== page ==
Ship part

Insane Photos Inside Turkish Cruise Ship Graveyard Revealed

Incredible footage shows how cruise ships are demolished when they reach the end of their life. The giant 850 million Australian dollar ships are taken to specialist shipyards, such as Aliaga in Turkey, and then dismantled piece by piece.

Despite the value of the ships, the Covid pandemic has hit the cruise industry to the extent that it is more economical for them to be sold for scrap.

The images, some of which were taken amid the pandemic, show where the ships make their sad final journey to the yard where they first sail into dry land, leaving the stern still afloat.

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Then, a huge team of around 2500 shipbreaking crew starts dismantling the huge ship.

The process usually begins at the bow, with workers working their way through the ship until they reach the stern.

At first, expensive navigational equipment is removed, along with all furniture, including beds, floors, and even pianos.

Aliaga shipyard manager Emre Aras said cruise ships present a unique challenge compared to other ships he dismantles.

“I can safely say that cruise ships are the most difficult type of ship to dismantle because there are hundreds of parts on board,” he said.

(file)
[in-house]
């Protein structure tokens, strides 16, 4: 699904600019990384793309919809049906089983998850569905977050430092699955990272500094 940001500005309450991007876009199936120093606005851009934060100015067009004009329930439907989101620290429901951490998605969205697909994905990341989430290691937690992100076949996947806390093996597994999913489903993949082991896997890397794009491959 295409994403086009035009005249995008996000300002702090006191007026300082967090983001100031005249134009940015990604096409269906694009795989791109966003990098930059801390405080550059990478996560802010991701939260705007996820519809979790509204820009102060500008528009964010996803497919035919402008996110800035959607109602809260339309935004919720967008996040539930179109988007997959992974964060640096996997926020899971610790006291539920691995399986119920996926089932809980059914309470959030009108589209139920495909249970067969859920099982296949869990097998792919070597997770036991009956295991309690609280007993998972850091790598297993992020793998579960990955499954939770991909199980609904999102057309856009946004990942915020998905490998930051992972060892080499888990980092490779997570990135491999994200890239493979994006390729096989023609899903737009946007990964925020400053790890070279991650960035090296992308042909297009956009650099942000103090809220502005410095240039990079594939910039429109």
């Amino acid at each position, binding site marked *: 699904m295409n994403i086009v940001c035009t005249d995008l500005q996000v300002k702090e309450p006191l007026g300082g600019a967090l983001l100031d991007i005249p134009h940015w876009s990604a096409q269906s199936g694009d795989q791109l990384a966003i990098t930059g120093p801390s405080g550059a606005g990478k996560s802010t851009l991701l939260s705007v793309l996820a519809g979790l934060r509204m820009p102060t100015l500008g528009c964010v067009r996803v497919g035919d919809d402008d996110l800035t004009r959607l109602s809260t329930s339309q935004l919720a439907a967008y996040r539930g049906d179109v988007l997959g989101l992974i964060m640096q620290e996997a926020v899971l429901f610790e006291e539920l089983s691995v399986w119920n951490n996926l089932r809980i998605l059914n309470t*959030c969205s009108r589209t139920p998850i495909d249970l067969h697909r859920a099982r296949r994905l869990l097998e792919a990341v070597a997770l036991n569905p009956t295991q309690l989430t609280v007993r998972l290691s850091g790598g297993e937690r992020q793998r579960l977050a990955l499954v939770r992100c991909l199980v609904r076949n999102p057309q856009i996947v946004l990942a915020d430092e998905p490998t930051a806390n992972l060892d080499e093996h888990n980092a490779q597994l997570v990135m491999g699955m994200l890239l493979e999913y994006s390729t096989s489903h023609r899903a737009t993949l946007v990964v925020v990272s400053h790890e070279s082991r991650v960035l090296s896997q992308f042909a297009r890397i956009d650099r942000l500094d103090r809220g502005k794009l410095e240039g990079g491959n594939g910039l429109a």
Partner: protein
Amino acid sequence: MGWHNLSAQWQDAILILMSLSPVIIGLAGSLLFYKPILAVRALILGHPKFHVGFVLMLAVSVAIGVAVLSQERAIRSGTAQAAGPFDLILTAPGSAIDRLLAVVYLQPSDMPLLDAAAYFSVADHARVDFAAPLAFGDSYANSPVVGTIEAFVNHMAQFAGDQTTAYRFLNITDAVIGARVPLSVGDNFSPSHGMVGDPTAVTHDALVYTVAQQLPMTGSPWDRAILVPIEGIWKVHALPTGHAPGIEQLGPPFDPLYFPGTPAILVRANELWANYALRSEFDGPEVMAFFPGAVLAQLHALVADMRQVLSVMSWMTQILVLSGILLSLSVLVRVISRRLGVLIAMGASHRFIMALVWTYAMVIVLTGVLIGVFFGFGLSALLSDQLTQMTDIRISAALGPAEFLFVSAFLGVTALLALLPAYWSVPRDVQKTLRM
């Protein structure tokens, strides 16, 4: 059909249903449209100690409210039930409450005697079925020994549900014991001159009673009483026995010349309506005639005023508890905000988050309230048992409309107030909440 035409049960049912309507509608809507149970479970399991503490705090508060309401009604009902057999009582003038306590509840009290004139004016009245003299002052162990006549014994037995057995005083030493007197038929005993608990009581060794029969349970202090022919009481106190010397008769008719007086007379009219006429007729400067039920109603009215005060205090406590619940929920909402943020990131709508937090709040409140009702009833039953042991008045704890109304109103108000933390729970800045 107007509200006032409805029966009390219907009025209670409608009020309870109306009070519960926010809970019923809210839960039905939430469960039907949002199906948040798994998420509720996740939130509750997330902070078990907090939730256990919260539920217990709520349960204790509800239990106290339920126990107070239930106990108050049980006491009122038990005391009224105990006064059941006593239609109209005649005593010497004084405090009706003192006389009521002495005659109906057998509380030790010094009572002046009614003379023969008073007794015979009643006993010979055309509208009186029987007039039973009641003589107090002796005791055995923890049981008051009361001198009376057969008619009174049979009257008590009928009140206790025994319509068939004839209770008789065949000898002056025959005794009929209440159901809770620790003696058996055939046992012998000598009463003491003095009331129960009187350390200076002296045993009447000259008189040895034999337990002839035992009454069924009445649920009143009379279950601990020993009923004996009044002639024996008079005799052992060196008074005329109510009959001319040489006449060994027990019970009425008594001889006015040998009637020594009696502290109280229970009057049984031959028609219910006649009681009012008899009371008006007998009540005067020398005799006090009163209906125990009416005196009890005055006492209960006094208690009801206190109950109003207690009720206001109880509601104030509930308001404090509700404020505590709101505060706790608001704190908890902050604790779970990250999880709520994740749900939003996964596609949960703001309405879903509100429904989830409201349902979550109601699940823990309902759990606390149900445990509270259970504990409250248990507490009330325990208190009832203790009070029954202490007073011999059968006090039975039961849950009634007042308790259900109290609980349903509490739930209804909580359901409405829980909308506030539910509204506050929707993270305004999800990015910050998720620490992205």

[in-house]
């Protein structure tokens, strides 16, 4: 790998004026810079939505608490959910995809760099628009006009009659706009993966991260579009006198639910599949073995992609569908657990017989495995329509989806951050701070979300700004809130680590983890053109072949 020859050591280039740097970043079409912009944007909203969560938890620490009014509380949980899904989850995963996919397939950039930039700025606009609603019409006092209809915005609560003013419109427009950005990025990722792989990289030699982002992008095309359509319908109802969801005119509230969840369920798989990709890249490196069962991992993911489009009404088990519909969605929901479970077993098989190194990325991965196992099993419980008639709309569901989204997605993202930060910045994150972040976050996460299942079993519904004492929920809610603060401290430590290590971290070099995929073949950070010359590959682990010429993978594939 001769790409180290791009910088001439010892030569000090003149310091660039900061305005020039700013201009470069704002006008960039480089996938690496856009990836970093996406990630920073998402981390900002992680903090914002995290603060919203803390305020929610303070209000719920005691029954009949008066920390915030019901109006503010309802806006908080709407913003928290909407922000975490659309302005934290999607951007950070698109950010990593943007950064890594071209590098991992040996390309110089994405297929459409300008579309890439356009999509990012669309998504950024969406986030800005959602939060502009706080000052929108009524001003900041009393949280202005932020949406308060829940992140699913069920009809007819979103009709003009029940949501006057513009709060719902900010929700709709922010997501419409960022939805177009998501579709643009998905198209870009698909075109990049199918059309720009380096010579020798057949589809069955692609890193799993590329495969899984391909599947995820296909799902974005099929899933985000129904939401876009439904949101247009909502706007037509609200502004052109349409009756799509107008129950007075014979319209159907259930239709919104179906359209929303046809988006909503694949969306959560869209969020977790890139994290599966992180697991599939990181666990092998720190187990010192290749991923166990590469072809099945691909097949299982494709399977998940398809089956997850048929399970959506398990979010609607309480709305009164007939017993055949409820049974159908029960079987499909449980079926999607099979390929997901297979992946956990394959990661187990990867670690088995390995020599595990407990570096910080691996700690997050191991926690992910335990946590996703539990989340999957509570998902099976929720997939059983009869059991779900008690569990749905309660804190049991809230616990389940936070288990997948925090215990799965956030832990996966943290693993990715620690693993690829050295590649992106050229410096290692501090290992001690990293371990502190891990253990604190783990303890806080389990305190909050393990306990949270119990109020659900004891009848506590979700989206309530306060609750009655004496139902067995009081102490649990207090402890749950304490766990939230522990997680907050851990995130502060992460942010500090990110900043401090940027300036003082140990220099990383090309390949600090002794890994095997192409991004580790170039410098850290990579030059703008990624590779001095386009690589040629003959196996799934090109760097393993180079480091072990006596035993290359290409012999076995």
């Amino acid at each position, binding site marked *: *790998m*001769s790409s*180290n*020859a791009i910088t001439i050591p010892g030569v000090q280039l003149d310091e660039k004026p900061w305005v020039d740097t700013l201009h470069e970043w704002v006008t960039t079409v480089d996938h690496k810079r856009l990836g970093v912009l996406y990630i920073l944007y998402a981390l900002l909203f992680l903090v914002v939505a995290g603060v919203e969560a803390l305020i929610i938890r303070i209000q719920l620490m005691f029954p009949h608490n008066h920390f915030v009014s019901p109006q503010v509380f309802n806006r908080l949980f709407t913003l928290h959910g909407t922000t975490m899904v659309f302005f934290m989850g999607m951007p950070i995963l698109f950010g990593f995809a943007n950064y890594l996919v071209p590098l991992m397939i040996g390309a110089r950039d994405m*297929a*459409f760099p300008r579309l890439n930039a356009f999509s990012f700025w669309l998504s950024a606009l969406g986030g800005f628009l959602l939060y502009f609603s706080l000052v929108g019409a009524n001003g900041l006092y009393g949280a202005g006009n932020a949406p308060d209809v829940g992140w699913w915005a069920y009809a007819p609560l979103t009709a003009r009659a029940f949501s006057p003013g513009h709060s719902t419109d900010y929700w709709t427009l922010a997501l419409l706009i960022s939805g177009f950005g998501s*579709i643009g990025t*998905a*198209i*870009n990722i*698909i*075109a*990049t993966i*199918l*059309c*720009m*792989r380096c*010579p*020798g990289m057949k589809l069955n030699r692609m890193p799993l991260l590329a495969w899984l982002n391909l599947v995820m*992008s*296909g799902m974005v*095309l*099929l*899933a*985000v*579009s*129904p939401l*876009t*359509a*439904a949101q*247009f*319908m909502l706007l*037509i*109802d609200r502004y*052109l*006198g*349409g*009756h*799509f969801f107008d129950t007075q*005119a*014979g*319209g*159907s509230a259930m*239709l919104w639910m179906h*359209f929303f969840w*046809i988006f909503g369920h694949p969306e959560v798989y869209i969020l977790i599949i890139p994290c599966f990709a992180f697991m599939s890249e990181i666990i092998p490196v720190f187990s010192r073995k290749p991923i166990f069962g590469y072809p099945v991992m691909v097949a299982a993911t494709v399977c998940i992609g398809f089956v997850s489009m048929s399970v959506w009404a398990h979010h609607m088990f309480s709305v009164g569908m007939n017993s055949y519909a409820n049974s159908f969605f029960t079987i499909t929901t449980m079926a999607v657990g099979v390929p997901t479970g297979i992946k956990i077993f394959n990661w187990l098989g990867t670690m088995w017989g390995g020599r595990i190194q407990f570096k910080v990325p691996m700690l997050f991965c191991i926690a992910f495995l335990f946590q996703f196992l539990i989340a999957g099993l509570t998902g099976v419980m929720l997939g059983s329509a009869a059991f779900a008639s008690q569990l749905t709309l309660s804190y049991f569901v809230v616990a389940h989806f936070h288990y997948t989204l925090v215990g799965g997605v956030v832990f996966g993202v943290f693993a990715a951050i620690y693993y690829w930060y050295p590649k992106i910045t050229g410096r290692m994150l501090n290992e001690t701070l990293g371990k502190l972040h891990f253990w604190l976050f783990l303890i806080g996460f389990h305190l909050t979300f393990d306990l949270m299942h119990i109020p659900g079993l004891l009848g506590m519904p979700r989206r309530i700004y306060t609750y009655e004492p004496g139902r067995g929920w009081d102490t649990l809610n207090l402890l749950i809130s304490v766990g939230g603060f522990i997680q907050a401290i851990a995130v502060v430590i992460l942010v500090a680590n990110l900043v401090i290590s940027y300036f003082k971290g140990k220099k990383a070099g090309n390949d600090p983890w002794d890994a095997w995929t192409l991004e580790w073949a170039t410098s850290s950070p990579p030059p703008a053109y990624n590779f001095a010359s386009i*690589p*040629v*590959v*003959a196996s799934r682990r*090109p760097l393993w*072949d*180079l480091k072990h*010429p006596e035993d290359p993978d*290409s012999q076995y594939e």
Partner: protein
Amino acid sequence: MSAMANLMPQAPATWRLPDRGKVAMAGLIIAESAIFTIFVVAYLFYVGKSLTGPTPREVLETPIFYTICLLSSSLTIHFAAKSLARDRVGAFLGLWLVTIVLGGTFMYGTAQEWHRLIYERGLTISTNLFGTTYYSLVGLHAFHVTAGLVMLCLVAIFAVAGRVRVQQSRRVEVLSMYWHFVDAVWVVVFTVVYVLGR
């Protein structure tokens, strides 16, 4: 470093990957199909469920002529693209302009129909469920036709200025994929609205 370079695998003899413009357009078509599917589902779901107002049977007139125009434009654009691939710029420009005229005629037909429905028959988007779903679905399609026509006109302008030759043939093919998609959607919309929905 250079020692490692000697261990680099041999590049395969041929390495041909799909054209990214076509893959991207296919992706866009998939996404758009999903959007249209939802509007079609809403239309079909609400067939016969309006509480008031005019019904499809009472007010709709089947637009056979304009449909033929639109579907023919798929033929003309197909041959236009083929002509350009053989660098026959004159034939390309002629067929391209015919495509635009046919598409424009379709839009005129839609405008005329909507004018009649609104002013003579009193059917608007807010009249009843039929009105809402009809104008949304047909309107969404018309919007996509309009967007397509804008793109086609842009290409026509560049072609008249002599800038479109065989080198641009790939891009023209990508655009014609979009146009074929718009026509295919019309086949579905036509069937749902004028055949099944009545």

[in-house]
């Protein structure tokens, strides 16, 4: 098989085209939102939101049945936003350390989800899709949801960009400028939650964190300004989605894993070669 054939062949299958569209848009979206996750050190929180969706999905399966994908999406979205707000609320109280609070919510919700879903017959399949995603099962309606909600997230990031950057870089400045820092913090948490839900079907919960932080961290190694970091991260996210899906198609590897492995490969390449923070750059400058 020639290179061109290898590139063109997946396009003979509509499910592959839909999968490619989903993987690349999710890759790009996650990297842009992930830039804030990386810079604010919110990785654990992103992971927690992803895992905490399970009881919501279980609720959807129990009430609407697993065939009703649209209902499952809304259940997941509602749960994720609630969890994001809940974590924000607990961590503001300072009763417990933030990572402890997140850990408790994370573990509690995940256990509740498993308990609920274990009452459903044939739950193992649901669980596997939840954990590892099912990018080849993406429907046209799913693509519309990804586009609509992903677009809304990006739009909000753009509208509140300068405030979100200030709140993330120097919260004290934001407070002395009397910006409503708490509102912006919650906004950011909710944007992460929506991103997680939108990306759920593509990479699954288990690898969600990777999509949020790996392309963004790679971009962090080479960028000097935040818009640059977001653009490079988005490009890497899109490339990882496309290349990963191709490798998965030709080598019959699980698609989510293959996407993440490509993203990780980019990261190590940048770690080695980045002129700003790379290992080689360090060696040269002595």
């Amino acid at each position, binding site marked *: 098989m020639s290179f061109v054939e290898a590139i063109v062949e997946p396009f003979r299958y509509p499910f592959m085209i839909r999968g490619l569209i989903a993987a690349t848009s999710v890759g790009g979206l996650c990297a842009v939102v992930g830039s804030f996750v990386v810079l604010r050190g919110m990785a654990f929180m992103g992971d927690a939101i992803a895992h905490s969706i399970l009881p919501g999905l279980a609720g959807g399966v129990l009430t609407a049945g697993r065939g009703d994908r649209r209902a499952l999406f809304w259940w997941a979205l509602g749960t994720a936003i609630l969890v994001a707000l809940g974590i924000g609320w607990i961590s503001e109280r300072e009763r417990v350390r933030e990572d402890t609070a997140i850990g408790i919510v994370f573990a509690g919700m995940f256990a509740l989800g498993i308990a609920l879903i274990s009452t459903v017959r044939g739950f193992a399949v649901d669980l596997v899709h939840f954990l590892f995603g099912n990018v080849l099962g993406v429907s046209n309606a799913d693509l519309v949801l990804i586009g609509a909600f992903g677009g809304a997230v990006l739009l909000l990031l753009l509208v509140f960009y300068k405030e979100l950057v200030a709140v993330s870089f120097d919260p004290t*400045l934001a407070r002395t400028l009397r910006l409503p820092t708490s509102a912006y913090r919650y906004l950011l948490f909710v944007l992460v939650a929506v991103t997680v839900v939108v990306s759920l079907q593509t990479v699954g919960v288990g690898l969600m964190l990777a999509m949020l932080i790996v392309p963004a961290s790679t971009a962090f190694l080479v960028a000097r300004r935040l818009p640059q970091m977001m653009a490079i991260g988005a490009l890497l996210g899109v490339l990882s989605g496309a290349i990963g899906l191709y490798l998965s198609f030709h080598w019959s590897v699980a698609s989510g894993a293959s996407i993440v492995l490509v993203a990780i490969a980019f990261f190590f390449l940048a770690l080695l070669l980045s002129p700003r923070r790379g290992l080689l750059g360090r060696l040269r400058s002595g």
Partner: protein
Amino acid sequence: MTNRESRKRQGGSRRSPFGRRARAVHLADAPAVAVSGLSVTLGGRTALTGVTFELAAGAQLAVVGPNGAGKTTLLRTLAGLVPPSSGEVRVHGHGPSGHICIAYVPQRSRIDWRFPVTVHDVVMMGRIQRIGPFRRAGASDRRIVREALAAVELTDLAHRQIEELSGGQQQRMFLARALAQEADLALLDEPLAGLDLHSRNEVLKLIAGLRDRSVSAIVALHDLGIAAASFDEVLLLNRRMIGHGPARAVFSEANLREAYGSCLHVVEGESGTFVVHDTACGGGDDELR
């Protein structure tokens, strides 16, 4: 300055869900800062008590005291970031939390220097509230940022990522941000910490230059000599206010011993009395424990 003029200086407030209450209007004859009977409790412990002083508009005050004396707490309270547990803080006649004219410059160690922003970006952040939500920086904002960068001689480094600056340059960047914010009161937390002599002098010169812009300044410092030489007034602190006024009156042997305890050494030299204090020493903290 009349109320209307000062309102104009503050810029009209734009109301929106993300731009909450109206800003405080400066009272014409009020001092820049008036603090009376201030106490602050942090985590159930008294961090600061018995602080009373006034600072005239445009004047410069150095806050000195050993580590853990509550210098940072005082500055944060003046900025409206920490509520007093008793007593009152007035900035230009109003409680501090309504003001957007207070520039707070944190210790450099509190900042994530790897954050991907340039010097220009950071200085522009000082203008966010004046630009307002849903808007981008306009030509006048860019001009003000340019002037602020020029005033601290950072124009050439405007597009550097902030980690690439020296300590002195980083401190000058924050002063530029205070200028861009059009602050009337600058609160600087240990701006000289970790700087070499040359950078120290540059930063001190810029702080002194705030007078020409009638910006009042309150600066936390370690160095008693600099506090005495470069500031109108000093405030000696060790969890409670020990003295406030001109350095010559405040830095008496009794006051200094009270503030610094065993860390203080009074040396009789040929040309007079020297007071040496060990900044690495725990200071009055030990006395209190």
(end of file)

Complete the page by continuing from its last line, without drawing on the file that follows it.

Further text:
Next comes the dismantling of all floors, walls, handrails and windows with plenty of saws and blowtorches needed to complete the job.

Massive sections of the hull are moved overhead with massive cranes capable of lifting 2000 ton objects at one go.

From start to finish, it takes about a year to dismantle a cruise ship, about double the time it takes to break up a freighter.

All parts are moved into separate piles and accessories are sold to places like restaurants and hotels, while steel is smelted and used in industry.

In addition to Aliaga, other cruise ship cemeteries include Alang, India and Chittagong in Bangladesh.

These shipyards are not specifically cruise ships and dismantle hundreds of giant ships, including freighters and tankers.

Joining the ranks of ships to be dismantled is the World Dream II which must be demolished even before its maiden voyage.

The 20-deck ship can carry 9,000 passengers and is expected to be worth A$1.5 billion.

Onboard amenities include an outdoor water park and a swanky cinema.

German-Hong Kong shipbuilder MV Werften had nearly completed construction of the vessel when the company filed for bankruptcy earlier this year.

So far, no buyer for the huge ship has been found – and it is now ready to be scrapped.

This article originally appeared on The sun and has been reproduced with permission